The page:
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  • Writer's picturehaleylynnthomas22

A Whimsical Tale of Werewolves and Witches (TBR Round 2, Part One)


I was introduced to this service by one of my favorite Youtubers Kayla from BooksandLala. Essentially, you fill out a survey about your favorite books and what you like/look for in books, etc. They then match you with a bibliologist (mine this time was Aurora) who recommends you three or four books to read.

I will be in-depth reviewing the books I was recommended on this round with Lobizona being the first. I will also link my first review of the service at the bottom. I will also link the service (I have no affiliation with them and don't profit from this even if you yourself sign up for the service. I am just a paying customer like everyone else).


Lobizona is a YA fantasy about an undocumented Argentine immigrant, Manuela 'Manu' who discovers that she is part of a secret society of elemental witches and werewolves. After fleeing from ICE, she attends magic school where she learns more about her heritage and her powers.


Manu is a character I had a lot of sympathy for given her circumstances. She was impulsive but that's because she's free to make her own choices for the first time in her life. In recent times I've found I can be more forgiving of character traits I don't necessarily like if they are warranted by the character's backstory. I grew attached to her throughout the story and found myself happy for her when she made friends. She reminded me somewhat of Tarisai from Raybearer by Jordan Ifueko.

There are quite a few other characters, but the most notable among them are Manu's roommate Catalina 'Cata', their friend Saysa, and Santiago 'Tiago' who is Manu's first crush. Manu and Tiago had good chemistry together, but it was made semi-awkward by the fact that Tiago and Cata were (sort of) together. Saysa was my favorite as she was a sweetheart and that friend that all of us want. Cata was your typical mean girl who is the way she is because of family troubles. She did gain more depth as the story progressed but she was my least favorite of the friend group as she felt the least original.

I really love solid friend groups in books because they showcase relationships other than the all too common romance and they give the protagonist support. They give this warm fuzzy feeling to otherwise heavy books, and this friend group was done well. They were believable as companions.


The novel is told from the first person perspective of Manu. I had mixed feelings about the writing itself. I liked the directions Garber took her story and the symmetry between Manu's mundane and magical lives. The novel incorporates a lot of Spanish followed by the English translations. This to me is a fun way for someone who is trying to learn the language to get their feet wet, especially since some people learn best when they are meshing together whatever they want to learn with something they enjoy.

The thing I didn't like was the amount of plot armor Manu had. It frustrated me how she needed to remain hidden in order to be safe and yet she was the least subtle person. There were so many times she should have been found out but wasn't because the plot didn't call for it. This didn't ruin the story for me, but has a writer myself it's not something I can overlook.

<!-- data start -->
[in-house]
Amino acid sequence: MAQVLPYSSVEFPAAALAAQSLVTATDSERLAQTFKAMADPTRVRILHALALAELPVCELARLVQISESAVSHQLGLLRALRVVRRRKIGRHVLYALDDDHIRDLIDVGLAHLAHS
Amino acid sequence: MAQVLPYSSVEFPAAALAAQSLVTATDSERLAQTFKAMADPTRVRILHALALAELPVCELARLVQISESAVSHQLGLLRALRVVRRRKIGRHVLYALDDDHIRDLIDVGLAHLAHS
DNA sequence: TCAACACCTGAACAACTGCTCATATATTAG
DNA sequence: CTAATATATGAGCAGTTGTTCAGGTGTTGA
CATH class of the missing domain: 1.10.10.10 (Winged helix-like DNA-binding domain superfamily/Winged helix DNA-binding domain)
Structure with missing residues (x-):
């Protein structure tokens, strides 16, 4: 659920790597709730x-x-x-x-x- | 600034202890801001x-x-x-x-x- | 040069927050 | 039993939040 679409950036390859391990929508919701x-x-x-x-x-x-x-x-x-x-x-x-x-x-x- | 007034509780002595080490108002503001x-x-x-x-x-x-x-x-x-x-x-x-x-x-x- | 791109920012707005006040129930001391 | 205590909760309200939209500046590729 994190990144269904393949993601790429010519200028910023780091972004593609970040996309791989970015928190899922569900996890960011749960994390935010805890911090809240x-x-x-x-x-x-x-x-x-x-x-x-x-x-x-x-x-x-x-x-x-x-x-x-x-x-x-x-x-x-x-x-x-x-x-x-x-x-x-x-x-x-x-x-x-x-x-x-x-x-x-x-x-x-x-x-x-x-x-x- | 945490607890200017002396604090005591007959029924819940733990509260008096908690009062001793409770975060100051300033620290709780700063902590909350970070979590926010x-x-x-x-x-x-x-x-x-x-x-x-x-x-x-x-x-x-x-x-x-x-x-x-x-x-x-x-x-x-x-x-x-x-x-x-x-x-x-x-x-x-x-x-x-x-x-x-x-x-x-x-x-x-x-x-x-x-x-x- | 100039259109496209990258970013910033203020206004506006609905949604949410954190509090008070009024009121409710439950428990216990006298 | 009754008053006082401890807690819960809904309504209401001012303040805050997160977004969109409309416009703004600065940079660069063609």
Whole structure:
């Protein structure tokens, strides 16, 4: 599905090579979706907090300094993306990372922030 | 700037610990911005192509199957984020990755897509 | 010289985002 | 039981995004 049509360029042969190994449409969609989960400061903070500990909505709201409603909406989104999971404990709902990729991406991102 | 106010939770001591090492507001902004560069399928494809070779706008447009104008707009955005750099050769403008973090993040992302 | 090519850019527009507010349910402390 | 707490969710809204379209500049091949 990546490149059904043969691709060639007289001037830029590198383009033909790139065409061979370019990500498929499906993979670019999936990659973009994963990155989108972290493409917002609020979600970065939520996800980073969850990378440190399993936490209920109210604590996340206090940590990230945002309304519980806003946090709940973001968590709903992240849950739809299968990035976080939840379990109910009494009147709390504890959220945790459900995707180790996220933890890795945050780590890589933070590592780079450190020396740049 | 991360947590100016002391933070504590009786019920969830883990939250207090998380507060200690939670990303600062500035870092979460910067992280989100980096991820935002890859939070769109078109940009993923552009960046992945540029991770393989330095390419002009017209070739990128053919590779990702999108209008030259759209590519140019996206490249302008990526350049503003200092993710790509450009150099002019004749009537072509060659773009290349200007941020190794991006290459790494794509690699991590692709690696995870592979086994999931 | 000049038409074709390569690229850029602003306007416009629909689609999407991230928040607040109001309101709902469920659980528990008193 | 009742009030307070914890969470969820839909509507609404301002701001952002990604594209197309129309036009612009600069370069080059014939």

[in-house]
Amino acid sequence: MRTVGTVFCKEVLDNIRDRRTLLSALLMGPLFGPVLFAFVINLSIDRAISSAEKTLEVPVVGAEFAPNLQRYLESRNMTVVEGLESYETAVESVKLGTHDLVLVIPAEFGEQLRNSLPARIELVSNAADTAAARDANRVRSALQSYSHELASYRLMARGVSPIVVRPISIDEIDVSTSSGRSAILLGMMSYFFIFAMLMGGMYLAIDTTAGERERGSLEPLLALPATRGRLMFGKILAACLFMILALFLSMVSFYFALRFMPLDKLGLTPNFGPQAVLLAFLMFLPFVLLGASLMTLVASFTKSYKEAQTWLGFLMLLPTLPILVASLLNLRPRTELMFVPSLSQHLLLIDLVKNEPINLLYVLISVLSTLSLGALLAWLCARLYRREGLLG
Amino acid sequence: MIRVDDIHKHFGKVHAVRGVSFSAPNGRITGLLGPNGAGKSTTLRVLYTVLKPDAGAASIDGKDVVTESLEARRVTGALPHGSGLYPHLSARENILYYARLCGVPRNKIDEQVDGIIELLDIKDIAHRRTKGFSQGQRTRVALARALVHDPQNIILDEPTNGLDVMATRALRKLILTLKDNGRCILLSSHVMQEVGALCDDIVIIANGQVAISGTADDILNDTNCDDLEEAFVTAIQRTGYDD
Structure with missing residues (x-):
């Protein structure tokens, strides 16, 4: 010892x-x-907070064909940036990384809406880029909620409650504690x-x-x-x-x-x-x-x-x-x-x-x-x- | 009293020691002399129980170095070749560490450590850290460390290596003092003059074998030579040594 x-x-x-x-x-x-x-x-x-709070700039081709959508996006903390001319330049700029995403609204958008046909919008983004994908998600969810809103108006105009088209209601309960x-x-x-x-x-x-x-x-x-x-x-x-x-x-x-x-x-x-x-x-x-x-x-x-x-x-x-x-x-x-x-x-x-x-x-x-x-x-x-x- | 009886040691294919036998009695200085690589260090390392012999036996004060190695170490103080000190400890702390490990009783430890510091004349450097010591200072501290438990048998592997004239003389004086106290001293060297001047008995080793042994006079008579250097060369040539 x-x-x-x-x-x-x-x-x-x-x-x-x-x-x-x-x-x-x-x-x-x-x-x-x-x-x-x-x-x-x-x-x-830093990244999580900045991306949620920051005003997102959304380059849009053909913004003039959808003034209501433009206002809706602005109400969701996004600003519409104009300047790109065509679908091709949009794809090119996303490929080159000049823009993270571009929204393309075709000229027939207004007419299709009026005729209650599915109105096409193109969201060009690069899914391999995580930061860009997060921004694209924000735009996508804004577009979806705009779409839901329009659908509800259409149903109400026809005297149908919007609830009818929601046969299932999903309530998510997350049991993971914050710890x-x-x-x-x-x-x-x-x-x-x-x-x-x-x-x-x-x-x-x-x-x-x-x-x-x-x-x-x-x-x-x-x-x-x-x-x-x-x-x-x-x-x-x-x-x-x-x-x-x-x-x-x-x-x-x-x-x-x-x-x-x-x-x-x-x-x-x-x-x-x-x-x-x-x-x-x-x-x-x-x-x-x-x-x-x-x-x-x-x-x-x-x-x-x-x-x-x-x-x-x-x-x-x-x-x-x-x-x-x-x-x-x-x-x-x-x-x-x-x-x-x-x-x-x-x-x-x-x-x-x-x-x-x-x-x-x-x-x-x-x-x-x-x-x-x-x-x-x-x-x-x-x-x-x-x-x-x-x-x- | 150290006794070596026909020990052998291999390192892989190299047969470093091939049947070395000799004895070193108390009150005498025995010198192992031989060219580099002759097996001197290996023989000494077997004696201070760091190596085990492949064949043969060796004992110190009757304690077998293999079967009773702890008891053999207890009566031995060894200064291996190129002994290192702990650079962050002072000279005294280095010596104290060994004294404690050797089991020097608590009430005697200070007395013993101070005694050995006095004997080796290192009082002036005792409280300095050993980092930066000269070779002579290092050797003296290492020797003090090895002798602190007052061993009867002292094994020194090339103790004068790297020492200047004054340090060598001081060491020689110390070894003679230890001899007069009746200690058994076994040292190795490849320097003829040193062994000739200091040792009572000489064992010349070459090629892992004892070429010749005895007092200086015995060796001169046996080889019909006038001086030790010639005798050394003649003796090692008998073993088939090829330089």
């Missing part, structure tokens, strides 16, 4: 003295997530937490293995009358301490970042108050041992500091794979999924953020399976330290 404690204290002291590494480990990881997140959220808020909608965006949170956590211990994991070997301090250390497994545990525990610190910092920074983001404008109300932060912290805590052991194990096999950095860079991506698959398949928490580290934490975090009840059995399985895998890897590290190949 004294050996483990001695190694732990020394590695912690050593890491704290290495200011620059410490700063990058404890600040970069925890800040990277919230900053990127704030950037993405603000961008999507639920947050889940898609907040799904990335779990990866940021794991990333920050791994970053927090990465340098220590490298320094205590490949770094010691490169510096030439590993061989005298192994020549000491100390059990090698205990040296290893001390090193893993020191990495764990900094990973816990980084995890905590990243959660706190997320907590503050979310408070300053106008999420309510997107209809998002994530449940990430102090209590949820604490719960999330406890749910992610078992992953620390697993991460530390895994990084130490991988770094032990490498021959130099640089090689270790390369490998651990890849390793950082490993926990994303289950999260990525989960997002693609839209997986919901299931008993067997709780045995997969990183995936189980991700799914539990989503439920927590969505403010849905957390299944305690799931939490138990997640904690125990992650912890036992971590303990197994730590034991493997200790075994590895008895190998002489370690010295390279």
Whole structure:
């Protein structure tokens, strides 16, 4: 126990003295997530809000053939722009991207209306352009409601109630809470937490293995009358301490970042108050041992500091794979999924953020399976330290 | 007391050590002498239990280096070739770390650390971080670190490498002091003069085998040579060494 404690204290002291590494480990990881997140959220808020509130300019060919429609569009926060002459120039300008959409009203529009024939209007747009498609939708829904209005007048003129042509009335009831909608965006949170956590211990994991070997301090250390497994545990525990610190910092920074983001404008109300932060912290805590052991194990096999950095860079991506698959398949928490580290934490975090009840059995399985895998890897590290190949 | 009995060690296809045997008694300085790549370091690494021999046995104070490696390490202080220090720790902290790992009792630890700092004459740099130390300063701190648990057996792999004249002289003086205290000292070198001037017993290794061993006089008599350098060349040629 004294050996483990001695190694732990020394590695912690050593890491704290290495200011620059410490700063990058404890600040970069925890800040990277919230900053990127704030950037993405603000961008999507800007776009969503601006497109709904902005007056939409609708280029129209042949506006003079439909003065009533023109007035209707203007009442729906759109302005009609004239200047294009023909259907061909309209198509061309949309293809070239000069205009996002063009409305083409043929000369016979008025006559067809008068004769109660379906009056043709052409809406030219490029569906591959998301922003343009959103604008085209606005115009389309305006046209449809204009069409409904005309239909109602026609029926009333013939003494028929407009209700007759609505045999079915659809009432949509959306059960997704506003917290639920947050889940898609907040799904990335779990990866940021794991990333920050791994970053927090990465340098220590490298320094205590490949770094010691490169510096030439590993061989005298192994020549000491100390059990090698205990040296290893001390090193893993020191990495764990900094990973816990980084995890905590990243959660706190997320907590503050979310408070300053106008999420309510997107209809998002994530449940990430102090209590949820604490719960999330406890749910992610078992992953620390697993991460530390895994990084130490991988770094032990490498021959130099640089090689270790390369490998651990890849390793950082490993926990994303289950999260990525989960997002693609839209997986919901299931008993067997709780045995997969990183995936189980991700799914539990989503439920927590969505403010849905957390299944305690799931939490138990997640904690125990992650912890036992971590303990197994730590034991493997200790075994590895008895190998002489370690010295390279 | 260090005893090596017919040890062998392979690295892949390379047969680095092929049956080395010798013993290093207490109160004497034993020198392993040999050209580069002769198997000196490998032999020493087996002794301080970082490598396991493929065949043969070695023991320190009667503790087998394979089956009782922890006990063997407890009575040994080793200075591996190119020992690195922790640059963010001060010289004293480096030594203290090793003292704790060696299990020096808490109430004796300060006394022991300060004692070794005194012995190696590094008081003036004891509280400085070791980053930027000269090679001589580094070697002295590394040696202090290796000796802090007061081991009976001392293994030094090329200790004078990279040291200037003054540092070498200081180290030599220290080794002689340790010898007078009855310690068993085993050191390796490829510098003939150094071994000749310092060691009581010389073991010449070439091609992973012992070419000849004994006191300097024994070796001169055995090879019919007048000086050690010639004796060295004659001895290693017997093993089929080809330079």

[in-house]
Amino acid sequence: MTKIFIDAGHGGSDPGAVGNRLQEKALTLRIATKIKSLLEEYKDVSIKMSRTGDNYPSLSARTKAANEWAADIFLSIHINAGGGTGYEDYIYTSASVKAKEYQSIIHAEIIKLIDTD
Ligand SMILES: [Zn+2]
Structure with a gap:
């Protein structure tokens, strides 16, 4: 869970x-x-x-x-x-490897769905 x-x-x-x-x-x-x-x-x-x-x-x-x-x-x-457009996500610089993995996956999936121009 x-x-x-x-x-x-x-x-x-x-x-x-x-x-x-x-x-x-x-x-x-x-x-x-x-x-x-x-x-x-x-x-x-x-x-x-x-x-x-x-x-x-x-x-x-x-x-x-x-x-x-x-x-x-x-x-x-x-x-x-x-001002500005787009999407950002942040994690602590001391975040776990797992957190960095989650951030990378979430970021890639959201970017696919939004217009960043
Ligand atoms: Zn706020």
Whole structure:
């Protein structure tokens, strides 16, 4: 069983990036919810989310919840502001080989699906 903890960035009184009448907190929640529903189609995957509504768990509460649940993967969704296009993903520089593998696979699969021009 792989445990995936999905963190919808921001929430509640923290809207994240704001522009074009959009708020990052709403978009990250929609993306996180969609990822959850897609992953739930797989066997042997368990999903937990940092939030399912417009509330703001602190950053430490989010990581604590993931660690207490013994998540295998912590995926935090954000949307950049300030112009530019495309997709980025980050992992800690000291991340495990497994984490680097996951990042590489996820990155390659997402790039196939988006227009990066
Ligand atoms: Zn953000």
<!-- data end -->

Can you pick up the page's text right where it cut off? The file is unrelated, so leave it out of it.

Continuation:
Garber does a flawless job with pacing the novel. It is sectioned off into 4 'phases' (like a moon, get it?) that each felt distinct from one another. She also did a good job of incorporating relevant topics into the novel including immigration and sexism and homophobia. I am a big supporter of YA authors addressing difficult topics in their novels because these can be mind openers and conversation starts.


The world of this novel is based on Argentine mythology. In this world there are a species known as Septimus where the girls are born as brujas or witches who have elemental magic and the boys are lobizones or werewolves. Men and women have very distinct roles within their society and as children they attend school to learn how to use their powers. If you like books about magical schools then this book is for you.

I've been wanting to explore more Latinx fantasy and happen to love werewolves so it was a perfect mix for me personally. The world is very whimsical and mystical. I preferred when Garber was describing Manu organically discovering the magical world for the first time verses when she has it more clinically explained to her.

I'd argue this novel is a hybrid of high and urban fantasy. It is urban fantasy because it largely takes place in our world only with mythological creatures. However, it has high fantasy aspects in that there is an alternate dimension the Septimus originate from.

FINAL THOUGHTS/WAS THIS A SUCCESSFUL RECOMMENDATION? Given that I listed YA fantasy as my favorite genre and explicitly said I preferred own voices this recommendation made sense. Additionally, I praised the first Latinx fantasy they recommended me (Cece Rios and the Desert of Souls by Kaela Rivera). I would consider this a successful recommendation because not only did it take into consideration all my requests but I thoroughly enjoyed my reading experience. From the magic school that featured a library in a tree to the dynamics between the friends and the social commentary, this novel feels tailored made for me.



BooksandLala's First Video on the Service:

BooksandLala's Second Video on the Service:


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